DFS stands for Depth First Search, is one of the graph traversal algorithms that uses Stack data structure. In DFS Traversal go as deep as possible of the graph and then backtrack once reached a vertex that has all its adjacent vertices already visited.

Depth First Search (DFS) algorithm traverses a graph in a depthward motion and uses a stack data structure to remember to get the next vertex to start a search, when a dead end occurs in any iteration.

DFS traversal for tree and graph is similar but the only difference is that a graph can have a cycle but the tree does not have any cycle. So in the graph we have additional array which keeps the record of visited array to protect from infinite loop and not visited again the visited node.

## How Does DFS Work?

DFS starts at a selected node (or root in a tree) and explores as far as possible along each branch before backtracking. This process uses a stack, either through the function call stack via recursion or an explicit stack data structure, to keep track of the path.

## Key Points in DFS

**Exploration:**DFS goes deep into the graph, following one path until it can’t go any further.**Backtracking:**When it reaches the end of a path, DFS backtracks to explore new paths.**Uses a Stack:**DFS uses a stack to remember where it needs to return to once it reaches a dead end.

## Steps to implement Depth First Traversal

**Step 1 –** Visit all adjacent unvisited vertex. Mark it as visited. Print it and Push it in a stack.

**Step 2** − If no adjacent vertex is found, pop up a vertex from the stack.

**Step 3** − Repeat Step 1 and Step 2 until the stack is empty.

## Graph Traversal using DFS Technique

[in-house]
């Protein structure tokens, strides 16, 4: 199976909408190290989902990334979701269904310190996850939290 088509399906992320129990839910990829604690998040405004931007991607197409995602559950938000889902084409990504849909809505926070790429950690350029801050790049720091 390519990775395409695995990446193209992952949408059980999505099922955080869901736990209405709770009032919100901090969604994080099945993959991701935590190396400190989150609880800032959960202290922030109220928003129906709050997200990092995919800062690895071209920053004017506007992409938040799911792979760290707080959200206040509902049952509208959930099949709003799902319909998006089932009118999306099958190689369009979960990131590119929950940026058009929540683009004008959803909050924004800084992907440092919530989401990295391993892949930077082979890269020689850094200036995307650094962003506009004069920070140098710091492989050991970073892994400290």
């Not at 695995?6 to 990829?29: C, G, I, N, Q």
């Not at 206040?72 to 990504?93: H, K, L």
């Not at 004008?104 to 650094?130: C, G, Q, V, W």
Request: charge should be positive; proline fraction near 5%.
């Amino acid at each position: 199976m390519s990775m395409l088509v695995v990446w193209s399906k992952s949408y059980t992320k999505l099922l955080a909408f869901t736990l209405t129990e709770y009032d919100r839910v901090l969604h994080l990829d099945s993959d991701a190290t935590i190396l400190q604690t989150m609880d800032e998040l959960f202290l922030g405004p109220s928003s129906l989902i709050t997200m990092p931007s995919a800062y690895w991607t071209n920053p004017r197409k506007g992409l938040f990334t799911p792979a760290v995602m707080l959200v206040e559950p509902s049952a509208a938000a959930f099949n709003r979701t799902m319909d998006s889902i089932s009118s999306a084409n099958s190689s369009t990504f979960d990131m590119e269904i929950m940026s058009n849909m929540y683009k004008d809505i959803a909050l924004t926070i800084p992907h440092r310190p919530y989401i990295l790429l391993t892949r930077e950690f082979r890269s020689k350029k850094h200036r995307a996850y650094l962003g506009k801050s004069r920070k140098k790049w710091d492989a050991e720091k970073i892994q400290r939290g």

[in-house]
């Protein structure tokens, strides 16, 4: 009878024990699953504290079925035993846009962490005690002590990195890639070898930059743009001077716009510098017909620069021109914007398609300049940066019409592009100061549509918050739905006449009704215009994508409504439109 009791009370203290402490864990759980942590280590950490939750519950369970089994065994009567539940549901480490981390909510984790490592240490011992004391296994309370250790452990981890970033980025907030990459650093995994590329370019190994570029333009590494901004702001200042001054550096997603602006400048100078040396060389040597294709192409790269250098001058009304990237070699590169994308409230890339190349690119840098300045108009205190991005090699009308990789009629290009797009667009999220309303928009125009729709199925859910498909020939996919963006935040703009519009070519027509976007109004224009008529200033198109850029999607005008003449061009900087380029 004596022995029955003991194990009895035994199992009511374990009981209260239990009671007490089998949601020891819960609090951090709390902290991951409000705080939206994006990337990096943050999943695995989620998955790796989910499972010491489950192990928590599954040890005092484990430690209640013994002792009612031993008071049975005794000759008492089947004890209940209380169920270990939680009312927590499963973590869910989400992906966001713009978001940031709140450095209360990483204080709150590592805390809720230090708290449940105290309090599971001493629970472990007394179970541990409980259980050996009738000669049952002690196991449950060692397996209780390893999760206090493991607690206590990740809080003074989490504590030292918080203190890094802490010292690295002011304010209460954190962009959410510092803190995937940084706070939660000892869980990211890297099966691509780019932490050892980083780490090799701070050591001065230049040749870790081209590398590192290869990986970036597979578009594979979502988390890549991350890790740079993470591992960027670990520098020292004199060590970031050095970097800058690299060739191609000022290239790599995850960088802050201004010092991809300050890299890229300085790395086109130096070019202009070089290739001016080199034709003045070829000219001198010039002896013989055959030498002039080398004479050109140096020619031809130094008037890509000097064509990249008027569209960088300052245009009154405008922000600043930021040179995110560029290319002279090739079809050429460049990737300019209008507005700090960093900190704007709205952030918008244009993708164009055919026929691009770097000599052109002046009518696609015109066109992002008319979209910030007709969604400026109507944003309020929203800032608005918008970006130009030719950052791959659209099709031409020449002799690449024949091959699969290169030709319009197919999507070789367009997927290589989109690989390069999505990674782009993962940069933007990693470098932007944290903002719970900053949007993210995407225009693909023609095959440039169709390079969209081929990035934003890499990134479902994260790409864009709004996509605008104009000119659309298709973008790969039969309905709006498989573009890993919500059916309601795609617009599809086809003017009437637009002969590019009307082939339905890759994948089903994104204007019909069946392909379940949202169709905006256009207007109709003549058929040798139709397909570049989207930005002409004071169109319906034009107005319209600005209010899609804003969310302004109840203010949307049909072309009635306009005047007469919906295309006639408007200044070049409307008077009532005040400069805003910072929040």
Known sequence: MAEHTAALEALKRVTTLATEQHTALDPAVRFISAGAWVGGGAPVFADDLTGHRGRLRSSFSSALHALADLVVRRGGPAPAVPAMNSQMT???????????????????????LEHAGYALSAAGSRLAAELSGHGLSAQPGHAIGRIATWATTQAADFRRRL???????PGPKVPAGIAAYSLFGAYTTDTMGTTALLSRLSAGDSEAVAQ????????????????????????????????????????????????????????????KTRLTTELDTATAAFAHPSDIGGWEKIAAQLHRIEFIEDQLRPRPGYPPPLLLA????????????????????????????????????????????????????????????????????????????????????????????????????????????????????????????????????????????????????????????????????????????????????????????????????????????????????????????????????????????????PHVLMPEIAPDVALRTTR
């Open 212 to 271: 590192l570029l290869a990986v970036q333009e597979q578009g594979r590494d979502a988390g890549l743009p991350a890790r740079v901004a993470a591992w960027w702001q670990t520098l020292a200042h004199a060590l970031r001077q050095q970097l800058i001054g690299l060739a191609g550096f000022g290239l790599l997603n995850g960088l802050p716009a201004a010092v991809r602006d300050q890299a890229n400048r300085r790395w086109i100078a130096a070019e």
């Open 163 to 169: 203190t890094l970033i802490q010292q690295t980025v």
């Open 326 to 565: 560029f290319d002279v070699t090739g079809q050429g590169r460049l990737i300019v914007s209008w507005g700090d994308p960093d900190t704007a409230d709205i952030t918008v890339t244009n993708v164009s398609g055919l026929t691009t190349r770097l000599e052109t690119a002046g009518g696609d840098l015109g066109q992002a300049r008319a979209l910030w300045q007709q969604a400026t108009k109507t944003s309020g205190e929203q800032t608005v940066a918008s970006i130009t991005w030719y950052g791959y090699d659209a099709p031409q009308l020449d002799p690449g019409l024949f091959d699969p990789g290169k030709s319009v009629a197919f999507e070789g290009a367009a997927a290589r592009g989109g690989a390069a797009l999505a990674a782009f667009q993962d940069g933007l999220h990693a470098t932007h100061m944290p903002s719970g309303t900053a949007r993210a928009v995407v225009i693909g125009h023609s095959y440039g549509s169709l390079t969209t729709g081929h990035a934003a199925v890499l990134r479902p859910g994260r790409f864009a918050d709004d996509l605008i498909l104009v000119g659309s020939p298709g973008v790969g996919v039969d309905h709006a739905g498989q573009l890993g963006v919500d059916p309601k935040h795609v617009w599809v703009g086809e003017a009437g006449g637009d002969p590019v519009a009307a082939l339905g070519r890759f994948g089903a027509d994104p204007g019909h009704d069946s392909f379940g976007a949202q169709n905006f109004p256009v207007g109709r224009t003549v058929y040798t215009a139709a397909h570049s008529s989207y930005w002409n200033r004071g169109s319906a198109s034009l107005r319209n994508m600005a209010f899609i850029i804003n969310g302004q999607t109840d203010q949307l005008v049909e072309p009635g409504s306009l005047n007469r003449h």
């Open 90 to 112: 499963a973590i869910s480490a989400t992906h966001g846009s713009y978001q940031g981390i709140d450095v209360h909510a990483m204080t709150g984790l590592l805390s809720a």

Initialize the stack

Mark **12** as visited and push into stack. Now Explore any unvisited adjacent node from **12**. In our example We have three nodes. We can pick any of them. Here we are going to pick **5**.

Mark **5** as visited and put it onto the stack. Explore any unvisited adjacent node from **5**. Both **12** and **25** are adjacent to **5** but we are concerned for unvisited nodes only.

Visit **25** and mark it as visited and put onto the stack. Here, we have **23** and **3** nodes, which are adjacent to **25** and both are unvisited.

We choose **3**, mark it as visited and put onto the stack. Here **3** does not have any unvisited adjacent node. So, we pop **3** from the stack.

We check the stack top for return to the previous node and check if it has any unvisited nodes. Here, we find **25** to be on the top of the stack.

Only unvisited adjacent node is from **D** is **23** now. So we visit **23**, mark it as visited and put it onto the stack.

**Output of DFS Traversal will be :** 3, 23, 25, 5, 12

## Complexity Analysis

**Time complexity:** O(V + E), where V is the number of vertices and E is the number of edges in the graph.**Space Complexity:** O(V).

Since, an extra visited array is needed of size V.

## DFS Variants

There are variations to how DFS can be applied, based on the specific needs of the task:

**Pre-order:**Visit the node as soon as you see it.**In-order:**Visit the node after you’ve explored its left child but before exploring its right child (mainly in binary trees).**Post-order:**Visit the node after you’ve explored all its children.

## Application of DFS

- Find a path from the source vertex to other vertices
- Find the connected components in a graph
- Topological Sorting
- Find bridges and articulation points in a graph
- Find LCA of two nodes in a graph
- Find cycles in a directed and undirected graph

## C Program to Implement DFS

```
#include<stdio.h>
#include<stdlib.h>
// Adjusting the maximum limit for graph vertices
#define VERTICES_LIMIT 5
// Structure for the adjacency list nodes
typedef struct Node {
int vertexID;
struct Node* linkNext;
} Node;
// Structure representing the entire graph
typedef struct UniqueGraph {
int totalVertices;
Node** adjListArray;
int* visitedNodes;
} UniqueGraph;
// Function to craft a new node for the adjacency list
Node* initiateNode(int vertex) {
Node* freshNode = (Node*)malloc(sizeof(Node));
freshNode->vertexID = vertex;
freshNode->linkNext = NULL;
return freshNode;
}